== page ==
Glenn Hoffman

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Glenn Hoffman
San Diego Padres – No. 30
Shortstop / Coach
Born: (1958-07-07) July 7, 1958 (age 57)
Orange, California
Batted: Right Threw: Right
MLB debut
April 12, 1980, for the Boston Red Sox
Last MLB appearance
September 23, 1989, for the California Angels
MLB statistics
Batting average .242
Home runs 23
Runs batted in 210

As player

As manager

As coach

Glenn Edward Hoffman (born July 7, 1958) is an American Major League Baseball coach and a former MLB shortstop and manager. Currently the third base coach for the San Diego Padres, Hoffman had a nine-year playing career in the Majors, and was manager of the 1998 Los Angeles Dodgers for the last 88 games of the season. The native of Orange, California, threw and batted right-handed; he stood 6 feet 1 inch (1.85 m) tall and weighed 175 pounds (79 kg) during his playing career.

Playing career[edit]

Hoffman attended high school at Savanna High Anaheim, California, and was selected by the Boston Red Sox in the second round of the 1976 June draft. He played primarily at shortstop for the Red Sox from 1980 to 1987, when he was traded to the Dodgers on August 21. In 1988, he returned to the Red Sox' organization as a free agent but spent the entire season in the minor leagues. In 1989, he signed with the California Angels, but was limited to 48 games in his final MLB season.

Coaching/managing career[edit]

After his playing career, Hoffman began coaching, and spent 4½ years (1991–1993; 1997–June 21, 1998) as a manager in the Dodger farm system; in between those terms he was field coordinator of instruction for the Dodgers' player development organization.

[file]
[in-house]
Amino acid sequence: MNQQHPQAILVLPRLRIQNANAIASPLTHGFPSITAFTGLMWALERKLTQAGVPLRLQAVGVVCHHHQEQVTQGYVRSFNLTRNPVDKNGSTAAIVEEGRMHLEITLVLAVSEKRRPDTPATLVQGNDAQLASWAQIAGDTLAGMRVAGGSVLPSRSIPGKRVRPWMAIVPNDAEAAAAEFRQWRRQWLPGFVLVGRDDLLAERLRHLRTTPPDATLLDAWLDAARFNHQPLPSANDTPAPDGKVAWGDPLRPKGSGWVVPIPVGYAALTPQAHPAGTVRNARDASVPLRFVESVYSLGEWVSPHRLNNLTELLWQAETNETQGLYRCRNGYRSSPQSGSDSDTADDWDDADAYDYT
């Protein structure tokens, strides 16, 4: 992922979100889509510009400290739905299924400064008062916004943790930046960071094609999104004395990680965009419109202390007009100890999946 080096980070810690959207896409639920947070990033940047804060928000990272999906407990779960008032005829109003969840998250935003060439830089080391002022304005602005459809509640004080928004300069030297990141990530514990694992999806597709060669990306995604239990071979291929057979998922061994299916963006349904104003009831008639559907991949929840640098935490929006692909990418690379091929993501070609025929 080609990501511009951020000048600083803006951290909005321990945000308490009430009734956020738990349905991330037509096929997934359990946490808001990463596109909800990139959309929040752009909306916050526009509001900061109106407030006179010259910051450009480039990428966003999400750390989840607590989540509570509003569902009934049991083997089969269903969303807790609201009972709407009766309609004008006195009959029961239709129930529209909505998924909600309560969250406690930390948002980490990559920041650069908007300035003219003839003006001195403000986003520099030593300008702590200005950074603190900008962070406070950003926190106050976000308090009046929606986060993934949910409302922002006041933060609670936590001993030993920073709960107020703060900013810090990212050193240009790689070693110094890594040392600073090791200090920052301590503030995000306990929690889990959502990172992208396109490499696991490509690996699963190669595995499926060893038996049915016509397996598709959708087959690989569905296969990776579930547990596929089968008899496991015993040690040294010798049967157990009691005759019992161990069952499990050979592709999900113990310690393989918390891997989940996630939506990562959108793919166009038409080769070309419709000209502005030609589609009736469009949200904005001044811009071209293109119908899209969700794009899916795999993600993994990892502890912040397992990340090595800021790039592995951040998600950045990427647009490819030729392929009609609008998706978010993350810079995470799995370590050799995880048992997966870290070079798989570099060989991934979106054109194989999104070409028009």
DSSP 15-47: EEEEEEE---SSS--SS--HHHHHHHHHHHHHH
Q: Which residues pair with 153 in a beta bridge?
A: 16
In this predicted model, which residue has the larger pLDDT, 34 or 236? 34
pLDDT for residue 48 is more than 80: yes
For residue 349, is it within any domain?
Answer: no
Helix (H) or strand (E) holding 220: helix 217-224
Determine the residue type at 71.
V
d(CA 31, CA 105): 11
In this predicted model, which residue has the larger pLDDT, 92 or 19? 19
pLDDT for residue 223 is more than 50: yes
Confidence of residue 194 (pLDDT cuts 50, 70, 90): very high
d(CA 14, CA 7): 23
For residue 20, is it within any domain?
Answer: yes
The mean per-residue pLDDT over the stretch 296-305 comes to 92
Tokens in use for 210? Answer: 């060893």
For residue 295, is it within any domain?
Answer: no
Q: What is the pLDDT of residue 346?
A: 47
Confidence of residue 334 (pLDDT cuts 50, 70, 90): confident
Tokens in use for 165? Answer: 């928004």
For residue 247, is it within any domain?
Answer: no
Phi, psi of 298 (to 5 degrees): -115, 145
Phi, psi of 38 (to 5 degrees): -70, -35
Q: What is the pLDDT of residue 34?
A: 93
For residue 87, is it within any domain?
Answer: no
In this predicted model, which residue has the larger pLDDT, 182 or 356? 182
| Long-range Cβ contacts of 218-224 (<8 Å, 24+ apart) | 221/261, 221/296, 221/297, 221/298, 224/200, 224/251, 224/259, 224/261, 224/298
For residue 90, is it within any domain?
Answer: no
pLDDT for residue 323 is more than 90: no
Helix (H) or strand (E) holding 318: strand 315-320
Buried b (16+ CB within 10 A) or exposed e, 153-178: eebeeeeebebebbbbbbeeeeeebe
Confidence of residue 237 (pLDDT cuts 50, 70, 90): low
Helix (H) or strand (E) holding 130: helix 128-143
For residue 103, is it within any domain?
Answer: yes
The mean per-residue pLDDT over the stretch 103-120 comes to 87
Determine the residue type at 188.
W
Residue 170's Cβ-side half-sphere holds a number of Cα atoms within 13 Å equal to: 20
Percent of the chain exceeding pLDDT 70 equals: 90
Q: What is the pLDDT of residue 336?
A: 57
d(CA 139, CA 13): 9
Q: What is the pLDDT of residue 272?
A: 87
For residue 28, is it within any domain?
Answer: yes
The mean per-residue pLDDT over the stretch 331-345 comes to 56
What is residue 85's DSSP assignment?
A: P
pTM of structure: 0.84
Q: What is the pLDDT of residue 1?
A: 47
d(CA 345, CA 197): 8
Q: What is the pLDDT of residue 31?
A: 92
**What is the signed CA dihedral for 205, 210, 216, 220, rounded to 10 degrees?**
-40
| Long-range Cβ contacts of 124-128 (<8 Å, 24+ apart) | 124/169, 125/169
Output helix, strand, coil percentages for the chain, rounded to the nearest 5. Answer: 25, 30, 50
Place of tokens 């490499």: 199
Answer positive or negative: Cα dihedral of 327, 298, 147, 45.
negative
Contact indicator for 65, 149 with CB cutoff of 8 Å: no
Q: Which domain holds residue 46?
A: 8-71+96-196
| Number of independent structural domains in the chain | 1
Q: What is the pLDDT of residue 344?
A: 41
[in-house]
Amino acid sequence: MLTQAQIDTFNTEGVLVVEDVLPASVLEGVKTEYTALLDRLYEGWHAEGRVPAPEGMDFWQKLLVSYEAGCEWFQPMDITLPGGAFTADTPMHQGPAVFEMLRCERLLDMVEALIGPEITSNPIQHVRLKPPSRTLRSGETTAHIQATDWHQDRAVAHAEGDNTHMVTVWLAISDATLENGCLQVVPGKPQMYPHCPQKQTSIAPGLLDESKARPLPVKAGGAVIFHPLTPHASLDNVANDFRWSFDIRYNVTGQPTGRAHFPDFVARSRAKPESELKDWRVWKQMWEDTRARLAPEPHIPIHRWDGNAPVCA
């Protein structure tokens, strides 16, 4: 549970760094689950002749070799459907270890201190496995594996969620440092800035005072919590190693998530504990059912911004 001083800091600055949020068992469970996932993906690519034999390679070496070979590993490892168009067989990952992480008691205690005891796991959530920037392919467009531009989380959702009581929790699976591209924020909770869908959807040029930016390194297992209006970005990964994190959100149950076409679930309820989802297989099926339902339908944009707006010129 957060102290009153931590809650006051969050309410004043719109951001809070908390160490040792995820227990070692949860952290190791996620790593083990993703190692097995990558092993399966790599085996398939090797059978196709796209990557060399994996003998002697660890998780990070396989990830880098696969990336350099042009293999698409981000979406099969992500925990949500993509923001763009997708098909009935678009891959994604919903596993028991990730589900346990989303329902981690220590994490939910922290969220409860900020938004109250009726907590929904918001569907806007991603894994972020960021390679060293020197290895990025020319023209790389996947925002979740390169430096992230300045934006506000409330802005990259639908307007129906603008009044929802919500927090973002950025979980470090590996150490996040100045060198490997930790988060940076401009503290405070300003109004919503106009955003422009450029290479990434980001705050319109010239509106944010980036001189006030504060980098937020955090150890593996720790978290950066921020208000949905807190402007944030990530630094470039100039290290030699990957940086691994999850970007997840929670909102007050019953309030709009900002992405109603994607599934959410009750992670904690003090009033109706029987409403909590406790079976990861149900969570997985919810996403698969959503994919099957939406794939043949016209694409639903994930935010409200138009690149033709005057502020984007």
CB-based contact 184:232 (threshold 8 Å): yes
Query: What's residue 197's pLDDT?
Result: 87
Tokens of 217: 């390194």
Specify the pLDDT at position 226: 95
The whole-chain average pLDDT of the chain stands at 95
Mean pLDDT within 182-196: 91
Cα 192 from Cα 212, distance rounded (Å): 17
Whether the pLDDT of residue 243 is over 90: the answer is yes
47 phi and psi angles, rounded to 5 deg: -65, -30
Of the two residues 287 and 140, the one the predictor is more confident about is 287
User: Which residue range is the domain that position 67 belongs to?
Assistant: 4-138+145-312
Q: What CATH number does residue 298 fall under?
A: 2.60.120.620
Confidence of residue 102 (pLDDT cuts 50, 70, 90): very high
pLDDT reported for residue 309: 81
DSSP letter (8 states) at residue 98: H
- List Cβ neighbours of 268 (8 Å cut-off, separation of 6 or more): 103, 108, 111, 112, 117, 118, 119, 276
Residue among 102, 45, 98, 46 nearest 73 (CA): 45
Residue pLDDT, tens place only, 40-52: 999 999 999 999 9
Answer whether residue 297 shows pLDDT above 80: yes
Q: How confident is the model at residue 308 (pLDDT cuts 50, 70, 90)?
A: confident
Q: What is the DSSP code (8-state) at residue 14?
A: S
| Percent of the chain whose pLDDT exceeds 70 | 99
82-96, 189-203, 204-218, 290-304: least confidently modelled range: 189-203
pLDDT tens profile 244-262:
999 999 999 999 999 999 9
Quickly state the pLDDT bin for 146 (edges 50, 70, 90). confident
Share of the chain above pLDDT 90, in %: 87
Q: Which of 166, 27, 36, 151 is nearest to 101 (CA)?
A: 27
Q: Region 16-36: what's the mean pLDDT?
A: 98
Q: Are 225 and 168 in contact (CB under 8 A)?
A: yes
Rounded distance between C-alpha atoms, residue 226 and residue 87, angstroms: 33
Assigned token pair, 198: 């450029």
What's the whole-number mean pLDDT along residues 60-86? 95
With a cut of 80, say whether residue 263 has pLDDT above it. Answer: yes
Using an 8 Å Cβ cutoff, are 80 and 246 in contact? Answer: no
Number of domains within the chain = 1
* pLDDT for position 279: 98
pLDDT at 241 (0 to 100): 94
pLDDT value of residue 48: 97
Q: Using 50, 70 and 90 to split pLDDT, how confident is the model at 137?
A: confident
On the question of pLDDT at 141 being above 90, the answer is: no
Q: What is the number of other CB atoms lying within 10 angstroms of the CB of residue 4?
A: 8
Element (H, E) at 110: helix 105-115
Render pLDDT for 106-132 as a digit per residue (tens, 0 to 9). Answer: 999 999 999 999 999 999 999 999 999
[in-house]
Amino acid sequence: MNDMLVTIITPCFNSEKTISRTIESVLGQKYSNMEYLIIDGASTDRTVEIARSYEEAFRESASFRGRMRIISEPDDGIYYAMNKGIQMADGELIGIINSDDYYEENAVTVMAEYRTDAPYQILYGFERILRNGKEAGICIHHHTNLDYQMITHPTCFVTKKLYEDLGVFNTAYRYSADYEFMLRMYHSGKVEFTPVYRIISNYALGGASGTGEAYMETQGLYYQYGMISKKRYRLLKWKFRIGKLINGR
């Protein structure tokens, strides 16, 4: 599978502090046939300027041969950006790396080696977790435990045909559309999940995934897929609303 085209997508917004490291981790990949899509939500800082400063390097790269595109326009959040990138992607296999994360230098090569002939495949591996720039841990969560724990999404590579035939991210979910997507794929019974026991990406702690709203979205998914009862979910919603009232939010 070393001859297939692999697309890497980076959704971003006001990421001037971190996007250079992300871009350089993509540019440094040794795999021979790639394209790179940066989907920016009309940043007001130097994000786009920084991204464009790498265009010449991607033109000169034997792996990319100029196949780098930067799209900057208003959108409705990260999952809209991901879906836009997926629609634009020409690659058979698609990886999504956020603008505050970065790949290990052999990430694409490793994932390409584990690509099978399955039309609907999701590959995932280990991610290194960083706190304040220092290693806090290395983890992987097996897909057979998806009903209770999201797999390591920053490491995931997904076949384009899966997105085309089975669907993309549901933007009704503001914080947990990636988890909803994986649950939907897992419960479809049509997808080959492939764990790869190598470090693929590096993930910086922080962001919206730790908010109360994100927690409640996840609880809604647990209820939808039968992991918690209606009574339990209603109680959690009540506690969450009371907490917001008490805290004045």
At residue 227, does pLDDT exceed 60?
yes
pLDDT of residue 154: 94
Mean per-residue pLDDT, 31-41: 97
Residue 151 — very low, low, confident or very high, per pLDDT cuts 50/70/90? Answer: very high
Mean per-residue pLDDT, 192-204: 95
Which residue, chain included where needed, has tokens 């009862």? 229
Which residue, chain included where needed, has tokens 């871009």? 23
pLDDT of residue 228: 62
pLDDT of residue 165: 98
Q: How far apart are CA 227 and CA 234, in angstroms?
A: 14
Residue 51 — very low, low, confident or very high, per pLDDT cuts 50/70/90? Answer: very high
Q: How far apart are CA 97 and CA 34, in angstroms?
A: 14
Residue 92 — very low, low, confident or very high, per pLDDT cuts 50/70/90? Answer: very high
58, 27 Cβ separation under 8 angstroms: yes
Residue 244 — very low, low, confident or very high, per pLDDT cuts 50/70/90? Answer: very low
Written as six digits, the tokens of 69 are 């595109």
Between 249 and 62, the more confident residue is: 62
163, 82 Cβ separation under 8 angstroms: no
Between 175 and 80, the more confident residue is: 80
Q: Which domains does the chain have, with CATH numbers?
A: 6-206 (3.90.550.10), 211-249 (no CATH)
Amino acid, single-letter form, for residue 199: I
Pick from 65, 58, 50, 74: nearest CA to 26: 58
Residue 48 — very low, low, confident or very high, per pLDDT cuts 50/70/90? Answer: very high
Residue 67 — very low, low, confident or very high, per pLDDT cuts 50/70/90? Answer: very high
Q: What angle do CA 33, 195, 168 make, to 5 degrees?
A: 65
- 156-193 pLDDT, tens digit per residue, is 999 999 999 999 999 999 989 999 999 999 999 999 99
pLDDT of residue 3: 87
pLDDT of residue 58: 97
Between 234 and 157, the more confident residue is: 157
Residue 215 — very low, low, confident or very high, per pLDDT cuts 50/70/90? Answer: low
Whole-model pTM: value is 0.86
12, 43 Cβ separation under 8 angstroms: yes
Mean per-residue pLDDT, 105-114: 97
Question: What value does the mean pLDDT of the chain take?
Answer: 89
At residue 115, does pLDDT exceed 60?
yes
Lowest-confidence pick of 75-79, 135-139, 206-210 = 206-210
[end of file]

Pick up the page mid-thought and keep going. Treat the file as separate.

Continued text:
He was in the midst of his second season as manager of the Triple-A Albuquerque Dukes in 1998 when the parent Dodgers, sitting in third place at 36–38 and 12½ games out of the lead in the National League West Division, fired manager Bill Russell and general manager Fred Claire. Hoffman was named interim manager (with Baseball Hall of Fame skipper Tommy Lasorda taking over the front office reins) on June 22. Hoffman led the Dodgers for the remainder of the season, compiling a 47–41 (.534) win-loss record; the team finished 83–79 and in third place, 15 games behind the eventual NL champion Padres. Davey Johnson was then named manager for 1999, and Hoffman was retained as third base coach, serving seven full seasons in the post for Johnson and his successor, Jim Tracy.

Hoffman interviewed for the vacant Red Sox managerial job after the 2003 season when Grady Little's contract expired, but Boston instead hired Terry Francona. Coincidentally, after the 2005 season, when Little was hired to replace Tracy as the Dodgers' manager, Hoffman departed for the Padres, where he has served as a coach under Bruce Bochy and Bud Black since.


Glenn Hoffman is the older brother of closer Trevor Hoffman, the former all-time leader in saves, who spent 15½ seasons (1993–2008) with the Padres. Their late father, Ed, was a longtime usher at Anaheim Stadium and a professional singer who would often perform The Star-Spangled Banner before Angel games—especially as a "pinch hitter" when the scheduled singer could not appear.[1]


  1. ^ The Los Angeles Times, 1996.07.14

External links[edit]

Preceded by
Phil Regan
Albuquerque Dukes manager
Succeeded by
Ron Roenicke
Preceded by
Joey Amalfitano
Los Angeles Dodgers third base coach
Succeeded by
Rich Donnelly
Preceded by
Rob Picciolo
San Diego Padres third base coach
Succeeded by